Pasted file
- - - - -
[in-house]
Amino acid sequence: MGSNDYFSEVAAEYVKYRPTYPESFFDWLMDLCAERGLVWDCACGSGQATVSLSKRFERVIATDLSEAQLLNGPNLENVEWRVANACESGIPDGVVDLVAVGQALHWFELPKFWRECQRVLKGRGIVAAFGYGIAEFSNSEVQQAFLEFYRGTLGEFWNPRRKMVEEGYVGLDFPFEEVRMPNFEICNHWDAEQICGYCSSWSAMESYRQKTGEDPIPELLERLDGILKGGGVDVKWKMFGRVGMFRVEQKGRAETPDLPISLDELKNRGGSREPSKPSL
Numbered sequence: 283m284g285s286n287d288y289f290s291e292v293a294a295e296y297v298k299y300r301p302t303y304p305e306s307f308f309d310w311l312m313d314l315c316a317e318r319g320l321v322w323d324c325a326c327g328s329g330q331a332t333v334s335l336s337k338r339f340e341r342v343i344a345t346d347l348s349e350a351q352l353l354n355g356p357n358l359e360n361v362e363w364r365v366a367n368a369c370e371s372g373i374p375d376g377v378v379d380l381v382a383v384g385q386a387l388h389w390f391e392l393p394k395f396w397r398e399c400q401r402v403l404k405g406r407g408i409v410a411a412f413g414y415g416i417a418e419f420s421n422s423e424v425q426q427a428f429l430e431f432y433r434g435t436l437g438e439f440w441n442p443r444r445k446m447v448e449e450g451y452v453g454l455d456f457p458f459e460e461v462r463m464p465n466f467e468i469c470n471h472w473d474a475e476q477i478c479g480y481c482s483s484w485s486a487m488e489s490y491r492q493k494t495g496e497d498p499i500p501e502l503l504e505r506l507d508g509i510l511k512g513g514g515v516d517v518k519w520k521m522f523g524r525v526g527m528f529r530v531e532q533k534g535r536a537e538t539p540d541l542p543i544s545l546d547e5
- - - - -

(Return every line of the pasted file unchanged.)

[in-house]
Amino acid sequence: MGSNDYFSEVAAEYVKYRPTYPESFFDWLMDLCAERGLVWDCACGSGQATVSLSKRFERVIATDLSEAQLLNGPNLENVEWRVANACESGIPDGVVDLVAVGQALHWFELPKFWRECQRVLKGRGIVAAFGYGIAEFSNSEVQQAFLEFYRGTLGEFWNPRRKMVEEGYVGLDFPFEEVRMPNFEICNHWDAEQICGYCSSWSAMESYRQKTGEDPIPELLERLDGILKGGGVDVKWKMFGRVGMFRVEQKGRAETPDLPISLDELKNRGGSREPSKPSL
Numbered sequence: 283m284g285s286n287d288y289f290s291e292v293a294a295e296y297v298k299y300r301p302t303y304p305e306s307f308f309d310w311l312m313d314l315c316a317e318r319g320l321v322w323d324c325a326c327g328s329g330q331a332t333v334s335l336s337k338r339f340e341r342v343i344a345t346d347l348s349e350a351q352l353l354n355g356p357n358l359e360n361v362e363w364r365v366a367n368a369c370e371s372g373i374p375d376g377v378v379d380l381v382a383v384g385q386a387l388h389w390f391e392l393p394k395f396w397r398e399c400q401r402v403l404k405g406r407g408i409v410a411a412f413g414y415g416i417a418e419f420s421n422s423e424v425q426q427a428f429l430e431f432y433r434g435t436l437g438e439f440w441n442p443r444r445k446m447v448e449e450g451y452v453g454l455d456f457p458f459e460e461v462r463m464p465n466f467e468i469c470n471h472w473d474a475e476q477i478c479g480y481c482s483s484w485s486a487m488e489s490y491r492q493k494t495g496e497d498p499i500p501e502l503l504e505r506l507d508g509i510l511k512g513g514g515v516d517v518k519w520k521m522f523g524r525v526g527m528f529r530v531e532q533k534g535r536a537e538t539p540d541l542p543i544s545l546d547e5